North America, Packaging

Molex + Phillips-Medisize Will Greatly Accelerate Medical Electronics

Bob Cervenka, one of my favorite American molders, began Phillips Plastics in 1964 in a northern Wisconsin creamery, with the idea that he could be successful if he always used the latest technology. He was an early adopter of the reciprocating screw, later moved into metal molding, was an early believer in early involvement in the design process and later established a technology center to explore new ideas. A significant technology center at an American custom molder? Yes.

In 2009, Bob’s health declined and the company endured one of its toughest ever stretches of business, triggered by the global financial meltdown in 2008.

The company moved into the realm of the investment capital world, first acquired by Kohlberg and later by Golden Gate.

This morning it was announced that the company (now called Phillips-Medisize) was acquired by Molex, an elite electronics injection molder. What a great fit. Phillips-Medisize brings a focus on the medical market and joins a manufacturing company with a similar emphasis on high-level, specialized technology.

The marriage of electronics and medical molding will be greatly accelerated by the combination. Phillips-Medisize’s goal is to become a global leader in the manufacturing of biologics drug delivery devices.

Phillips-Medisize brings annual sales exceeding $700 million, 4,300 employes, and 17 locations around the world. It will operate as an indirect subsidiary of Molex, LLC when the transaction is completed later this year.

Molex will help Phillips-Medisize grow globally, an idea that was anathema to Bob Cervenka. Tim Ruff, senior VP of business development and corporate strategy, Molex, LLC, commented; “Combined with Molex’s expertise in electronics and broad global manufacturing presence, we are confident that together we can significantly expand our medical solutions capabilities globally.”

My only regret is that Phillips was a very transparent company from its earliest days through the excellent stewardship of CEO Matt Jennings. Molex is a very private company which has never been willing to discuss its injection molding business, which is substantial. But that’s selfish. This company is great new American injection molding powerhouse.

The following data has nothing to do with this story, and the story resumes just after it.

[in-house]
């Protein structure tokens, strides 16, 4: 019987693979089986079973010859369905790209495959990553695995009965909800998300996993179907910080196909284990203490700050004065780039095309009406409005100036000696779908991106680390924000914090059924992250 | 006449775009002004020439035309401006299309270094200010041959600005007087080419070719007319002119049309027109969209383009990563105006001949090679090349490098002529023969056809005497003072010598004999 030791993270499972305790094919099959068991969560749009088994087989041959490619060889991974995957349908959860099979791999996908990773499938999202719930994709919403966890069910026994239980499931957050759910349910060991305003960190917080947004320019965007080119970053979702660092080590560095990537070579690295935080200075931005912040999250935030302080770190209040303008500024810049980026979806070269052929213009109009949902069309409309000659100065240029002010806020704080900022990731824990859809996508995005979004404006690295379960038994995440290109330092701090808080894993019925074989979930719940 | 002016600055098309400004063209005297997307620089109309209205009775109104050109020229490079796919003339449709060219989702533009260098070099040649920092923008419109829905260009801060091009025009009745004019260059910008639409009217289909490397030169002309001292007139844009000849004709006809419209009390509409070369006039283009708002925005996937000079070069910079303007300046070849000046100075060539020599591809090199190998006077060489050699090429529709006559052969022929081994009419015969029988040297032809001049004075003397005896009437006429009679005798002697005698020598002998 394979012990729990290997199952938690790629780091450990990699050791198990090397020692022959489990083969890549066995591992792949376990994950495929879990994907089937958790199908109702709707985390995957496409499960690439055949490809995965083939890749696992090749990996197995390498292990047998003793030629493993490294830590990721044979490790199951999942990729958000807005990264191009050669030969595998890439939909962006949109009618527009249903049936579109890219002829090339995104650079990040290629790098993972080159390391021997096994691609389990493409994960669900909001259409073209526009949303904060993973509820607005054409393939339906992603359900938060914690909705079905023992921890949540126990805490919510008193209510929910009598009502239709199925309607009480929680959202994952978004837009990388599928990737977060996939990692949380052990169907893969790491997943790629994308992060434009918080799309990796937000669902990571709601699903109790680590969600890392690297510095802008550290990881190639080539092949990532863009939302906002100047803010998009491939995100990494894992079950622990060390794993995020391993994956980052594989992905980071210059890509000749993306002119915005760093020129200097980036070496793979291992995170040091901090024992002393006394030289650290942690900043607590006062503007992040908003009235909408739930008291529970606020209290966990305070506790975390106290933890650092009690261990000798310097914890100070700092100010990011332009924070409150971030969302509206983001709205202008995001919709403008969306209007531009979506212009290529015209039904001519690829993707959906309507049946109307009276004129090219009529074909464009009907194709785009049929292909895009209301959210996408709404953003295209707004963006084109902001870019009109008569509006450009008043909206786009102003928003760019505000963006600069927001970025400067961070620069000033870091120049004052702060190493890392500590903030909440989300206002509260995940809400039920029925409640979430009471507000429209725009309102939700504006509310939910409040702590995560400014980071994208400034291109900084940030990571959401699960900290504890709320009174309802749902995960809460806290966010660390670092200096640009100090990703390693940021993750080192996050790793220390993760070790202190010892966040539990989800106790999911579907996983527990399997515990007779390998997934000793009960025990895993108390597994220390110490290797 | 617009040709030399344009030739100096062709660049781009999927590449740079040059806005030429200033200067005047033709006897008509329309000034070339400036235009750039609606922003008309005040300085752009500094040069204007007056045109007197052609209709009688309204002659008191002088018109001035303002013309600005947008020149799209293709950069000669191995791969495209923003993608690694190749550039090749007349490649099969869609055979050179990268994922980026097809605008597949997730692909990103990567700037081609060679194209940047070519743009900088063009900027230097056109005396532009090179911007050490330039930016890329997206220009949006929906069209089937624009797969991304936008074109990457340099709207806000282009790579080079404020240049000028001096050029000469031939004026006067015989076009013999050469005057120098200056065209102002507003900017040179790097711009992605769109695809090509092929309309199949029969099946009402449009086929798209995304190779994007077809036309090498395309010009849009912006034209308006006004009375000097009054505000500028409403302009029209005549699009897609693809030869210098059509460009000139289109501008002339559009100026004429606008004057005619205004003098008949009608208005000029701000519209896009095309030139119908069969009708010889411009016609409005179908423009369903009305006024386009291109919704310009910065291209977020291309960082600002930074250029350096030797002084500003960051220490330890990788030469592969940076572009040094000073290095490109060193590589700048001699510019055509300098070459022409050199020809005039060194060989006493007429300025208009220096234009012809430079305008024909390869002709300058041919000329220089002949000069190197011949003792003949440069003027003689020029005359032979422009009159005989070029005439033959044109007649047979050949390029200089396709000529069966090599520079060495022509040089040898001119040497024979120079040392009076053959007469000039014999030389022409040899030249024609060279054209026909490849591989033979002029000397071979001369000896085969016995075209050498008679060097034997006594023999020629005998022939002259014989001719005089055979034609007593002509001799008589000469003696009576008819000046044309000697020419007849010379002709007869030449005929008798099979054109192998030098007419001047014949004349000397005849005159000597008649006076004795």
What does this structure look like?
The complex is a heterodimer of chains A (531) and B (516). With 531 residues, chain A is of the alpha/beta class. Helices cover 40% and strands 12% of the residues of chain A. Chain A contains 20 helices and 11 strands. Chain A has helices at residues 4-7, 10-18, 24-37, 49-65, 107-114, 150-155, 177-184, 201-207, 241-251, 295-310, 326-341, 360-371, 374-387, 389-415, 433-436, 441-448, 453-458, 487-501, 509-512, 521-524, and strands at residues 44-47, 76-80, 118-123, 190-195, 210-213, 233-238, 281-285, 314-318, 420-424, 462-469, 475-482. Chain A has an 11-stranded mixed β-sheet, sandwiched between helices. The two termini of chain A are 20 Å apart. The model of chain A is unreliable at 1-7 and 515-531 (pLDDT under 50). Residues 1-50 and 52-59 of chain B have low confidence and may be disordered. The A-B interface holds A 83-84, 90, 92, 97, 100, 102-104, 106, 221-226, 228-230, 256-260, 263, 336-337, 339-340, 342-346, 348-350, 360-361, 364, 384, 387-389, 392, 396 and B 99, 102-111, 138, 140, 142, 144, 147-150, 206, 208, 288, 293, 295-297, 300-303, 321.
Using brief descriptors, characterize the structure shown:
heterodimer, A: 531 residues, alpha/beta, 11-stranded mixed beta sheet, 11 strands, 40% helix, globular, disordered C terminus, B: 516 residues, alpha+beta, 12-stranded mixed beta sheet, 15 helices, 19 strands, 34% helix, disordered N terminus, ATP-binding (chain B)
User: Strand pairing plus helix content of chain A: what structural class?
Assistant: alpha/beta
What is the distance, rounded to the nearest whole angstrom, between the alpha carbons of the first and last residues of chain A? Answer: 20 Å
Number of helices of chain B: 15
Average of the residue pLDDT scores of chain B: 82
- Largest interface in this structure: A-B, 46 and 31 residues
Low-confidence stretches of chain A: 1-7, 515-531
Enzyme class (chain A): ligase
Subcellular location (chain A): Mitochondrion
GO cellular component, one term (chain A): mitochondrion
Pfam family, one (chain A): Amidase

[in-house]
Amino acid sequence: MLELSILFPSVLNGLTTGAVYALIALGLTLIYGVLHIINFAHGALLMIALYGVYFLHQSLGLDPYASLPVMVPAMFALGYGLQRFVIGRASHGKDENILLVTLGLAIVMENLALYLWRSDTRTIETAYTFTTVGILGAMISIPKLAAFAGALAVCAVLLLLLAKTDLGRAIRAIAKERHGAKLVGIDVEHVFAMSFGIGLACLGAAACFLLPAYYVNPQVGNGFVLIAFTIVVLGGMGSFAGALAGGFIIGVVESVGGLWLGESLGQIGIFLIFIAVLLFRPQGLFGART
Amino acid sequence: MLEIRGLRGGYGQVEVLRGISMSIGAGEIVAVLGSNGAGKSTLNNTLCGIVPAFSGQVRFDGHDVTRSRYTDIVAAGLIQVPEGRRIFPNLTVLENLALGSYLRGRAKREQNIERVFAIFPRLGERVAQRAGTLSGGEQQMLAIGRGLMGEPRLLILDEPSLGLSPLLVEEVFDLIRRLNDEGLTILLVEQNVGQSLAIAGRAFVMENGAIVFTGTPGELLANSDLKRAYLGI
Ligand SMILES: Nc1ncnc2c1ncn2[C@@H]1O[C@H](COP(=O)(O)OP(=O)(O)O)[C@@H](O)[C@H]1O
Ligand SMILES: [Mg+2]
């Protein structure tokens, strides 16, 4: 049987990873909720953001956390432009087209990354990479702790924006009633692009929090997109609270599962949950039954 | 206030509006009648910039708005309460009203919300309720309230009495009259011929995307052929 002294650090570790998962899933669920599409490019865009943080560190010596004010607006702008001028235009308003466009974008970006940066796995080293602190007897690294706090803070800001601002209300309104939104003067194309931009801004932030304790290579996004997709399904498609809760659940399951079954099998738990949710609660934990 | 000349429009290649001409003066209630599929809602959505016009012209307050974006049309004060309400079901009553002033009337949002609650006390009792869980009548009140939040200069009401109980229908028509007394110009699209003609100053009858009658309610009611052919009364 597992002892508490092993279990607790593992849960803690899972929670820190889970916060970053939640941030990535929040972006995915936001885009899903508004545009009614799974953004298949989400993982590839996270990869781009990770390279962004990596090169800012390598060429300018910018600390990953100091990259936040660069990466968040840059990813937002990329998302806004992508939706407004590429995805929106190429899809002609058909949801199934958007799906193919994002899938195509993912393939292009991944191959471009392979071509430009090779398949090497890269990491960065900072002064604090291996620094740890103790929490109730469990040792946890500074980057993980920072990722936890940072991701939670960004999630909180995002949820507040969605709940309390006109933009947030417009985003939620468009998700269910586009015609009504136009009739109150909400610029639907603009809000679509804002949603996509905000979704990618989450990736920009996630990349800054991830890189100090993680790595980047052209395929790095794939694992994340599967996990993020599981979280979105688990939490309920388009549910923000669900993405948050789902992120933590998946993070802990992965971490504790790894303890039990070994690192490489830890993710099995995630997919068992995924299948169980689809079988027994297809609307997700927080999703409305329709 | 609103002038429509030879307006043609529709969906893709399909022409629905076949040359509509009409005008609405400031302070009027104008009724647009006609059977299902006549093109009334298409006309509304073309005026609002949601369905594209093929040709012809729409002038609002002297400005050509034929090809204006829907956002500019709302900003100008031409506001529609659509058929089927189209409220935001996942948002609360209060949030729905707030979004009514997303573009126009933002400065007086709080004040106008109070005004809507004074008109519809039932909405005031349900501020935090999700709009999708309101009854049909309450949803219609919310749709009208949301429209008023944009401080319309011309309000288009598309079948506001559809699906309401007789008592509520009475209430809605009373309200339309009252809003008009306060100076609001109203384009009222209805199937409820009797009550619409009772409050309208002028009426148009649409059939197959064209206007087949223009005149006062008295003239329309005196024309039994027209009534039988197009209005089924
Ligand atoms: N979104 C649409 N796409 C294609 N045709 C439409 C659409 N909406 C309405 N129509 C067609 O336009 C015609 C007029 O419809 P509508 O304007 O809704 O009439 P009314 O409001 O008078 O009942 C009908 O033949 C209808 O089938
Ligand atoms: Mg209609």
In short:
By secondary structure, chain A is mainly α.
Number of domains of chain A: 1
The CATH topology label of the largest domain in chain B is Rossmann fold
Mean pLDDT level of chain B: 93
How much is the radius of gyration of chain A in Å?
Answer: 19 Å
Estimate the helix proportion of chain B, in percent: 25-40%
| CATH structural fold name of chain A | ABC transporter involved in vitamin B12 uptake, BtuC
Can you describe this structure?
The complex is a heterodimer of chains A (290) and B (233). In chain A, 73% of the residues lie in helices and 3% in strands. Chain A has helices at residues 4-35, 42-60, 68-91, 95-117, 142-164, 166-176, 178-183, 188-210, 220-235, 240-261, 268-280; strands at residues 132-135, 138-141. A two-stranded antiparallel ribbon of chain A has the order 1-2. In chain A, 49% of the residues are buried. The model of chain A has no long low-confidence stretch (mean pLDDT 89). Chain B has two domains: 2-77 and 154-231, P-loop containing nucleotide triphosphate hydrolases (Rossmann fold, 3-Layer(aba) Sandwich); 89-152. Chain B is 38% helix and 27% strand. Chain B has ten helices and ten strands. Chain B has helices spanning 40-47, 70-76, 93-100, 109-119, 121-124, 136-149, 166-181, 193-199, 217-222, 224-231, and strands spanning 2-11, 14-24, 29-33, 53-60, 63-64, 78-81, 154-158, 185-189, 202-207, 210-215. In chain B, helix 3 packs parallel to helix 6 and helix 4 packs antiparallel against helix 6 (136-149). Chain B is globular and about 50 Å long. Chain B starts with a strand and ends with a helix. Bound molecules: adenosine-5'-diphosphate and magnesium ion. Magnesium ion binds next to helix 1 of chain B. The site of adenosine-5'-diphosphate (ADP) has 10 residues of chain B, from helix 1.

Injection Molding ,

Robots Aligned On Same Axis Expedite Door Panel Molding

Left and right door side panels are molded in a single shot by Arkal Automotive on a 1,600-metric ton injection molding machine from KraussMaffei at its Crock location in Thuringia, Germany.

The system features two linear robots, mechanically coupled on a single axis and operated via a single central control system. The two LRX 350 linear robots, which are arranged on a joint z axis, demold the components in a parallel process, and then deposit them a storage area.

Side panels are molded in a single shot

Side panels are molded in a single shot

“This is the first time that we combined two mechanically coupled x/y axes of the LRX series on a z robot axis with a new control concept,” says Thomas Marufke, managing director at KraussMaffei Automation. Both linear robots as well as the MX 1600 can be programmed and controlled via the central MC6 control system

The door panels are made of 30 percent fiber glass-reinforced polypropylene on large multi-daylight molds customized for this application. The molds are equipped with a “flying platen”.

Arkal currently manufactures approximately 3,600 door side panels per week in three shifts, alternating between front and back panels.

The production location in Thuringia houses 11 injection molding machines, eight of which are from KraussMaffei.

Automation/Robots, Automotive, Europe, Injection Molding, polypropylene ,